Section 3 - Maintenance

NOTE: Verify high and low pressure shutdowns are set as close as practical to normal
operating conditions. Set points must protect the machine from exceeding compressor
limits.
Bearing temperatures - if the unit is equipped with main bearing temperature sensors.
Frame oil pressure - at operating temperature (190F (88C) max. inlet oil temperature), it
should be 50 to 60 psig (3.5 to 4.2 barg) at the filter gauges. If pressure falls below 50 psig,
shut down the compressor then determine and correct the cause.
Frame inlet oil temperature.
Oil filter differential pressure - differential pressure exceeding the filter change value indicates a
need for a filter change. See filter information plate on top cover or Maintenance and Repair
Manual for procedure.
2. Check frame oil level. It should be about mid-level in the sight glass and free of foam when running. If not, determine and correct the cause. Do not overfill. Check oil makeup tank for sufficient
oil supply. For dry sump frames, check the package sump oil level.
3. Check force feed lubricator box oil level. It should be full to the overflow line.
4. Log and trend packing vent temperature and check crosshead guide vents for leakage.
5. If applicable, check suction valve unloader actuator vents for leakage.
6. If applicable, check clearance pocket vents for leakage.
7. Verify the high discharge gas temperature shutdown is set to within 10% or as close as practical
above the normal operating discharge temperature. Do not exceed the maximum discharge temperature shutdown setting for the application.
8. Log and trend valve cap temperatures.
9. Check lubricator block cycle time. See lubricator box data plate for correct cycle time. Contaminated gas may require a shorter cycle time. Check lube sheet for units not running at rated
speed.
10. Check for gas, oil, and coolant leaks.
CAUTION: Do not attempt to repair leaks while the unit is operating or pressurized.
11. Check for unusual noises or vibrations.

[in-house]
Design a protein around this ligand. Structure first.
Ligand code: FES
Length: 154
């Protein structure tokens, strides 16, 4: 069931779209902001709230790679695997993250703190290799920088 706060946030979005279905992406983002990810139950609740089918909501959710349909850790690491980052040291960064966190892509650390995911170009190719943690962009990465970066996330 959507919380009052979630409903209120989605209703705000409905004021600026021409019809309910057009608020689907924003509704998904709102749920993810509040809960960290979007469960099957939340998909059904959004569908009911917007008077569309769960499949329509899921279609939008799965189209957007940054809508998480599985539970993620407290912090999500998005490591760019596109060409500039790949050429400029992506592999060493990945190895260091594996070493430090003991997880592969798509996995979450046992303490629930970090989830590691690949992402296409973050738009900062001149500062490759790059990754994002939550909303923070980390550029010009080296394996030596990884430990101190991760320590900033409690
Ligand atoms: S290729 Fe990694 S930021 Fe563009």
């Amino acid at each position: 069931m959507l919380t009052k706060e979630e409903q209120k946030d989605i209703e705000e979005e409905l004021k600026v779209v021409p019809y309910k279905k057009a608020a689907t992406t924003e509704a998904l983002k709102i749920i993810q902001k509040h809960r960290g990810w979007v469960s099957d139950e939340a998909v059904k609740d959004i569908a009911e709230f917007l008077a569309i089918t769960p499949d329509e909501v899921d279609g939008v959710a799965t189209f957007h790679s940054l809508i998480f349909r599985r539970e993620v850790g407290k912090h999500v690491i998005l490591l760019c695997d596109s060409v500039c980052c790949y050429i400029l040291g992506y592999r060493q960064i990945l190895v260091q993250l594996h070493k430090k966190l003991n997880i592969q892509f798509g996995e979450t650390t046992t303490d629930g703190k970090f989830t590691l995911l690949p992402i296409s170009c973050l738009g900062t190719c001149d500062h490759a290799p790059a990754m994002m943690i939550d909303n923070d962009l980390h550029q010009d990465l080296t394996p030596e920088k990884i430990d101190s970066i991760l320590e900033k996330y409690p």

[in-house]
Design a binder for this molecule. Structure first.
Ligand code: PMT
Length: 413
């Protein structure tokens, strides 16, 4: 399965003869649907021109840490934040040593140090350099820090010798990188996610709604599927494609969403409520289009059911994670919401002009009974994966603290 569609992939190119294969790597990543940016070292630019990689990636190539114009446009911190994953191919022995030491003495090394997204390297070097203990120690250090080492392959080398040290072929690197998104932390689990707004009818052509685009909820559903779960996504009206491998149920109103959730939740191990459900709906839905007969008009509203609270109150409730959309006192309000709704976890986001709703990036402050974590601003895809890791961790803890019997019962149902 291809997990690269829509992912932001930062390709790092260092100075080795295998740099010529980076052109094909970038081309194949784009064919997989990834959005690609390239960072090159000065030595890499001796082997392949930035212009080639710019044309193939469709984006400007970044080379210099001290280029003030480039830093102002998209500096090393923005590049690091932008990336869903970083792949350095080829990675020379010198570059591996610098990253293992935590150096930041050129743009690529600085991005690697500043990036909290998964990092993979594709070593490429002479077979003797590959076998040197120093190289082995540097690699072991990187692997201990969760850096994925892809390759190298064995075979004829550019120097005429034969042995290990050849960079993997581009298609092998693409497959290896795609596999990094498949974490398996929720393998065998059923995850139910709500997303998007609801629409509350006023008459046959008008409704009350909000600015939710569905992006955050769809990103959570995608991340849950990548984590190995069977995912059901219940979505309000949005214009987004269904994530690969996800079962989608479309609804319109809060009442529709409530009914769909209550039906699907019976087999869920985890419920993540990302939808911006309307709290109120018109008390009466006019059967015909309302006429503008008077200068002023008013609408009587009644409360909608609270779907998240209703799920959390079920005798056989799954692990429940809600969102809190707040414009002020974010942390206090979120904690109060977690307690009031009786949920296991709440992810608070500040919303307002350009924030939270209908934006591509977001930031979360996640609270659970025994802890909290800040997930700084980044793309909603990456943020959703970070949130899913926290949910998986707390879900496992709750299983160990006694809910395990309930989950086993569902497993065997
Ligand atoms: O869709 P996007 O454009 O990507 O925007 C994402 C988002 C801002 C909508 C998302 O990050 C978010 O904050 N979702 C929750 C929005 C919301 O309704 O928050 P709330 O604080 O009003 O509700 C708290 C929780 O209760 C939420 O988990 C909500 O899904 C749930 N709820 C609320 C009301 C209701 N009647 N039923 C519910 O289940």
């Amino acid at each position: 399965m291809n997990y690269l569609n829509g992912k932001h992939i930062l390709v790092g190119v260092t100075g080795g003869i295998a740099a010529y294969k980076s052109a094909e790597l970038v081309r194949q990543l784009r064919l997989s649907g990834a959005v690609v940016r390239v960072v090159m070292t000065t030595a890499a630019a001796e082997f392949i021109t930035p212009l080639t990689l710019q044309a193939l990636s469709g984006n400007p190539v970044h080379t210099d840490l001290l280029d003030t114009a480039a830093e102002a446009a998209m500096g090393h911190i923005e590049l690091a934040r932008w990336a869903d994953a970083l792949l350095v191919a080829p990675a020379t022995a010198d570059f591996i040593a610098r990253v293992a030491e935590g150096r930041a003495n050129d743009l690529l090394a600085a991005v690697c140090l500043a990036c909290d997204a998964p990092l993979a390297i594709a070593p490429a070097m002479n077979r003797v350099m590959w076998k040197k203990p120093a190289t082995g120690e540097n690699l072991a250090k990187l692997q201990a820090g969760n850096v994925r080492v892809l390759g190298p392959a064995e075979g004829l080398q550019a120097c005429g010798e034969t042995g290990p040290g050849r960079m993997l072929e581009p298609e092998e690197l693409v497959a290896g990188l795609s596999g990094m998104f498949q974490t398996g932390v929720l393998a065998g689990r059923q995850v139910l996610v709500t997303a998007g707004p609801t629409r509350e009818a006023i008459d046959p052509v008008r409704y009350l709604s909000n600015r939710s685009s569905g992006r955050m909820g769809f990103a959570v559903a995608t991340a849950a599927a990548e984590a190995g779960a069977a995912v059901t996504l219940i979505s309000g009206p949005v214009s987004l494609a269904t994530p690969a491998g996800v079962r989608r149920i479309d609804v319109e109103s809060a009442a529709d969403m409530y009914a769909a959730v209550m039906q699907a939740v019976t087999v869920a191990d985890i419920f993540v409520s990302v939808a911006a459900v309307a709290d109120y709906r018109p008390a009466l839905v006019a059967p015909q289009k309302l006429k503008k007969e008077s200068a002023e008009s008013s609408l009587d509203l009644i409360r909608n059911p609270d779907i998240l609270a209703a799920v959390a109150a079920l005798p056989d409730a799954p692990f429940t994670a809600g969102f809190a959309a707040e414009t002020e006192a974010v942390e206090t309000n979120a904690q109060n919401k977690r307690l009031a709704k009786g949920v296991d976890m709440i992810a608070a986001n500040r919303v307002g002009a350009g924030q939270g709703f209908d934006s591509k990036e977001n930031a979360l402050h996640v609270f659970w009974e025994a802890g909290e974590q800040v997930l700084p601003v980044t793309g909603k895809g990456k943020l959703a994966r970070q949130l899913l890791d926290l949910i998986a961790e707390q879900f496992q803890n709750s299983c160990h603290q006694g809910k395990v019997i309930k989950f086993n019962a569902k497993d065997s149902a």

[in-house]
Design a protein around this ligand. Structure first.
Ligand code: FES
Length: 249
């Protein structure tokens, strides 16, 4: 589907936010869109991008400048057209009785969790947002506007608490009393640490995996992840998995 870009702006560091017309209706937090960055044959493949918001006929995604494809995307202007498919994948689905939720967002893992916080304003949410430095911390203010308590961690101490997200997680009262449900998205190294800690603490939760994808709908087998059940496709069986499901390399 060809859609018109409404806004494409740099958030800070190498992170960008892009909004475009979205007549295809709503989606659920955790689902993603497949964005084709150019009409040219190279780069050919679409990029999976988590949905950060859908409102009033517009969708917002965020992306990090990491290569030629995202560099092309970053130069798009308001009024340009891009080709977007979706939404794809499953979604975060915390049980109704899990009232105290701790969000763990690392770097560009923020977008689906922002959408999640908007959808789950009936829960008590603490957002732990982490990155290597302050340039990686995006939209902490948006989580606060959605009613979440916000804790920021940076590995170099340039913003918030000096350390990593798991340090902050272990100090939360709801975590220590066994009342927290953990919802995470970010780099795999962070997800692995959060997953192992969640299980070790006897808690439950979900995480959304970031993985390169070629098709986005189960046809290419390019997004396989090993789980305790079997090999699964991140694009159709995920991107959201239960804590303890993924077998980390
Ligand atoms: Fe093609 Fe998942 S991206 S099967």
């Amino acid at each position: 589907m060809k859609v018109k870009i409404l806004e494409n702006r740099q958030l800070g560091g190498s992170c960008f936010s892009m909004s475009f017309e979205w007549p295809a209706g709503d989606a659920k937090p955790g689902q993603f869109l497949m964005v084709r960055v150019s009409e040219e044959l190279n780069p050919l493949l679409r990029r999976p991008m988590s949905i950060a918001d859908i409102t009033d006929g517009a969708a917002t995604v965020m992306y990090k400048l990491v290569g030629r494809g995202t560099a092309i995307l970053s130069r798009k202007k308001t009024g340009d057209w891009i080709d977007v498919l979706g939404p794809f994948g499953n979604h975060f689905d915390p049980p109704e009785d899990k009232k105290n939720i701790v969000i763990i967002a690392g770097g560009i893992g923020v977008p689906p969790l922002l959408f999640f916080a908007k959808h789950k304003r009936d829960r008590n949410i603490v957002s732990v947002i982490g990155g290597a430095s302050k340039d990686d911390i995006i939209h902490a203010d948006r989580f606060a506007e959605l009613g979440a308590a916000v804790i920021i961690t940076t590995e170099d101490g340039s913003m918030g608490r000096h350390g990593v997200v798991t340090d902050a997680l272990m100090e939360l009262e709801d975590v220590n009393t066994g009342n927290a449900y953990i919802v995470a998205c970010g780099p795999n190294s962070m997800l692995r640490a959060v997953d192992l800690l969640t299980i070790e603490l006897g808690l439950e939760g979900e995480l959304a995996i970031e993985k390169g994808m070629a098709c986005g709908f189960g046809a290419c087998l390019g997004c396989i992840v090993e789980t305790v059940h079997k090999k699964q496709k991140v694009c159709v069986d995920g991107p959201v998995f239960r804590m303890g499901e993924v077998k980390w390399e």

12. See packager documentation for additional recommended checks, i.e. scrubber liquid levels,
dump valve operation, cooler louver positions, etc.

3/11

PAGE 3-3

Section 3 - Maintenance

For Models: JGH:E:K:T

Monthly Maintenance
1. Perform all Daily maintenance.
2. Verify safety shutdown functionality.
3. Sample frame oil and send it to a reputable lubricant lab for analysis. See Ariel Packager Standards (ER-56.06) for a list of what an oil analysis should provide. If analysis results indicate
increasing levels of lead, tin, or copper particles in the oil, shut down unit. Remove frame top
cover and crosshead guide side covers. Visually inspect for debris. Do not disassemble further
without good reason. If debris indicates, replace affected parts, then change the oil, oil filter, and
clean the oil strainer with a suitable solvent.
4. Check and log cylinder clearance devices in use and their settings.

Six-Month (4,000 Hour) Maintenance


1. Perform all Daily and Monthly maintenance.
2. Shut down unit and allow sufficient time for components to cool.
3. Drain and replace force feed lubricator box oil.
4. Clean sintered element in the small oil filter on the force feed lubrication system now or at every
main oil filter change. Use a suitable solvent
5. Change oil filter. See top cover filter information plate or Maintenance and Repair Manual for procedure).
NOTE: On replaceable element style filters, drain the canister completely before removing
the element.
NOTE: Replaceable filter elements have a finite shelf life. Check the Install by date on
the filter element before installation. Inspect elements for cleanliness and damage. Do not
install dirty or damaged elements.
6. Change oil. Extremely dirty environments, oil supplier recommendations, or oil analysis may dictate a different oil change interval. Follow these steps:
a. Drain oil from frame, associated piping, and oil cooler.
b. Clean oil strainer with suitable solvent.
c. Open frame top cover and crosshead guide side covers. Visually inspect for debris. Do not
disassemble further without good reason. If debris indicates, replace affected parts, then
change the oil and filter and clean the strainer with a suitable solvent.
d. Refill frame with fresh, clean oil.
7. Check cylinder lubrication. See Maintenance and Repair Manual for procedure.
8. Re-tighten hold down nuts to proper torque. Inspect for frame twist or bending to verify main
bearing bore alignment. See Ariel document ER-82 for flatness and soft foot requirements.
9. Perform a coupling alignment (see "Initial Maintenance" above).